Debunking the Myth of Workplace Surveillance

GPS Tracking: Balancing Independence & Compliance

Dottie Chong, TSheets 

In the world of franchising, operations can be nationwide or worldwide. Australia has been reigning supreme as the country with the most franchise systems per capita in the world. Almost 90% of the most successful chains are local brands, and in many cases, a franchisee owns multiple franchises.  

Most franchisors require franchisees to use franchise software and preferred third-party suppliers to ensure brand consistency and standardise best practices. But employees are the business’ most valuable asset and its most manageable expense. With many franchisors turning to cloud-based time tracking for accurate reporting, GPS tracking is a natural addition.  

If your business is considering the move to cloud-based, GPS time tracking, find out what employees really think about it.  

Employees hate GPS tracking, right? Well, not quite. 

In a recent survey of 500 Australian employees, TSheets uncovered how employees really feel about employers tracking them during work hours, either through their mobile phone or company vehicle. Respondents included those who have used GPS at work and those who have not. The results were anything but expected.  

More than half of employees who have used GPS indicated a positive experience, with only 9% on the other end of the spectrum. Almost 50% of those who have not used GPS at work had a far more negative view about the possible impact of being tracked while at work, suggesting their overall perception doesn’t meet reality. 

Employees say GPS tracking doesn’t invade privacy or breach trust 

Sure, privacy and trust were listed as areas of concern for those who have and have not used GPS tracking in the workplace. But the greater concerns for those who have used GPS were actually data and battery drain caused by a tracking app.  

Even more interesting? Both groups ranked ‘location disclosure’ at the bottom of their list, with only 4% of respondents actually resigning due to the implementation of GPS tracking at work.  

Despite the negative aspect of GPS tracking, employees also realised its perks. Employees who have used GPS liked how the technology helped them to track travel time and promote accountability. GPS tracking also served as an added safety feature in case of emergencies. But opinions were split as to whether it forges trust or increases productivity.  

Poor surveillance practices tarnish franchise reputations 

No two fates are more intertwined than that of a franchisor and franchisee. When one goes rogue, all are affected. Workplace surveillance legislation in Australia is inconsistent across jurisdictions, but this has not stopped the Fair Work Ombudsman from exposing unlawful behaviours plaguing some of the biggest franchises, where the main culprits are wage fraud and inaccurate record-keeping.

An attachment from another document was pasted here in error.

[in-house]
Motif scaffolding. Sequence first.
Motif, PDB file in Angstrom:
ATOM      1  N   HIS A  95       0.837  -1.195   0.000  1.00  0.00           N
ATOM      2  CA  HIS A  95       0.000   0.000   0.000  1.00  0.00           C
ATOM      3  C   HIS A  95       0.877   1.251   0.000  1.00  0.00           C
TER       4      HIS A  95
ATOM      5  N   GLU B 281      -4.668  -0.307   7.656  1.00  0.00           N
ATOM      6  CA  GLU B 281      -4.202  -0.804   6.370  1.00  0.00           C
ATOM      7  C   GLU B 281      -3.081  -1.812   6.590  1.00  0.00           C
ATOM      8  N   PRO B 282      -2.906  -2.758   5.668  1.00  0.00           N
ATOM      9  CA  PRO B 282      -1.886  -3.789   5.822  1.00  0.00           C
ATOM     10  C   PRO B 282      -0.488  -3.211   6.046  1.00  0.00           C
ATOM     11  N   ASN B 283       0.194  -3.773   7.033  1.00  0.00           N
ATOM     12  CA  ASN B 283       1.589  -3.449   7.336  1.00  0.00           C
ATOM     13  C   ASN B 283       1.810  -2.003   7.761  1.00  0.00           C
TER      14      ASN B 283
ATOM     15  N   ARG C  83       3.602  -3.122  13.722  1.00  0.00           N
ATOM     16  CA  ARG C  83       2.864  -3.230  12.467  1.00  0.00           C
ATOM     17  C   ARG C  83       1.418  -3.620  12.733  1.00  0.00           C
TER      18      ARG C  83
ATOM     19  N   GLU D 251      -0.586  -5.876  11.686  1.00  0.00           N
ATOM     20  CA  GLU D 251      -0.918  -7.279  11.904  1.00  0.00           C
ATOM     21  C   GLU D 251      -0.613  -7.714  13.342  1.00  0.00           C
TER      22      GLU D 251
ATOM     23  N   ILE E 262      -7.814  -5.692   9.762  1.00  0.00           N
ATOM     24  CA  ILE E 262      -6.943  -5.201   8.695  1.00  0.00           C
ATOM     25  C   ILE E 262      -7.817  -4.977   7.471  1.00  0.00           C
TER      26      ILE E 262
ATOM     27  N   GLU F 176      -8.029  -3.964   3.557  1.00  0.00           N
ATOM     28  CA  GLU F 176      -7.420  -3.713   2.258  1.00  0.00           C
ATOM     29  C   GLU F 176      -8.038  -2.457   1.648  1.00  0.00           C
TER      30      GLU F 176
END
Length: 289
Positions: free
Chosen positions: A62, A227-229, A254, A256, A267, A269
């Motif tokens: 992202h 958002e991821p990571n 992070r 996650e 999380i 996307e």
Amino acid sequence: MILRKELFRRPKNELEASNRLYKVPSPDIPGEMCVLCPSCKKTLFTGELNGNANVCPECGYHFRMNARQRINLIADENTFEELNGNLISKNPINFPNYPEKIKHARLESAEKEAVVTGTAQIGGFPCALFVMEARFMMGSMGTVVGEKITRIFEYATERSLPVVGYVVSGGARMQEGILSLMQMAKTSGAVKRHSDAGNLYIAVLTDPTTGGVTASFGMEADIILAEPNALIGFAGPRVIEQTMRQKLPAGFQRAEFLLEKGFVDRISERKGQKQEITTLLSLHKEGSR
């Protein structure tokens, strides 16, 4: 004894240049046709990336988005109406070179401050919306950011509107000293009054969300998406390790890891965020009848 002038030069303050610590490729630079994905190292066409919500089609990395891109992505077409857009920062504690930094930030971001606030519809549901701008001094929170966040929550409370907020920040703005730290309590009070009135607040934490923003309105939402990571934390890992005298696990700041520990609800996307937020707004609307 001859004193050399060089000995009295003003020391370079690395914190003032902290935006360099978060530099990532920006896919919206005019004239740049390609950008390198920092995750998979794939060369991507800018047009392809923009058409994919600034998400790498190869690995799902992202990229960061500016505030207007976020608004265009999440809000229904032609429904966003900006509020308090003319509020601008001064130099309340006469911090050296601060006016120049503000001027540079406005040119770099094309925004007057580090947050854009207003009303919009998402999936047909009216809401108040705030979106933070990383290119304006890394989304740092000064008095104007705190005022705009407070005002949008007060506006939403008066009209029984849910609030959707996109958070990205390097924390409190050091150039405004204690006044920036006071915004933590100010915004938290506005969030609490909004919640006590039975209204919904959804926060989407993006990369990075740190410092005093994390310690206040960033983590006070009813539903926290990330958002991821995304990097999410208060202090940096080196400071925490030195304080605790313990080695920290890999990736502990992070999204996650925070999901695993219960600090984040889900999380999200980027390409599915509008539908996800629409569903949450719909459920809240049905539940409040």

1. George Calombaris Restaurants 

It was reported that nearly 200 staff at George Calombaris’ restaurants have been underpaid a total of  $2.6 million due to ‘historically poor processes’ for the past six years. 

  1. Domino’s Pizza  

The nation’s biggest pizza chain was found to be paying employees only half the required award rate, despite announcing 57% increase in profits. 

  1. 7-Eleven 

The convenient-store chain has repaid $26 million in back pay to 680 workers due to ‘systematic wage fraud’ and exploitation of migrant workers.  

  1. Pizza Hut  

Due to misclassification of delivery drivers, Pizza Hut owed over $12,000 in underpayments for not paying proper minimum hourly rate or missed-out allowances. 

Communicate and consult to ensure compliance with surveillance laws 

TSheets’ survey also found that two-thirds of respondents were not given any notice before GPS tracking was introduced and 39% were never given any notice in writing. Both are, of course, serious Fair Work compliance breaches. With patchy GPS tracking laws in Australia, it’s best to refer to existing regulations and seek professional assistance prior to execution.  

  • Due Notice - In NSW and ACT, this means at least 14 days’ notice must be given in advance of surveillance implementation. If you’re not sure, always check with Australian Law Reform Commission or Fair Work Ombudsman. 

  • Context  - The Workplace Surveillance Act 2005 and the Workplace Privacy Act 2011 encourage consulting with employees in good faith before surveillance is introduced and explaining how workplace monitoring can promote transparency, compliance and safety.  

In the franchising world, technology has been offering digital solutions from scalability to mobility, point-of-sale systems and time-saving apps. With proper execution and purpose, GPS tracking can help promote accountability and compliance. With proper communication and context, GPS tracking can help to protect your business, your employees and your brand. 

About the Author - Prior to becoming a global copy writer for TSheets, PC Magazine’s 2017 Top Time Tracking Software and Editor’s Choice, Dottie Chong spent 15 years in marketing communications and content management focussed on driving engagement and brand affinity.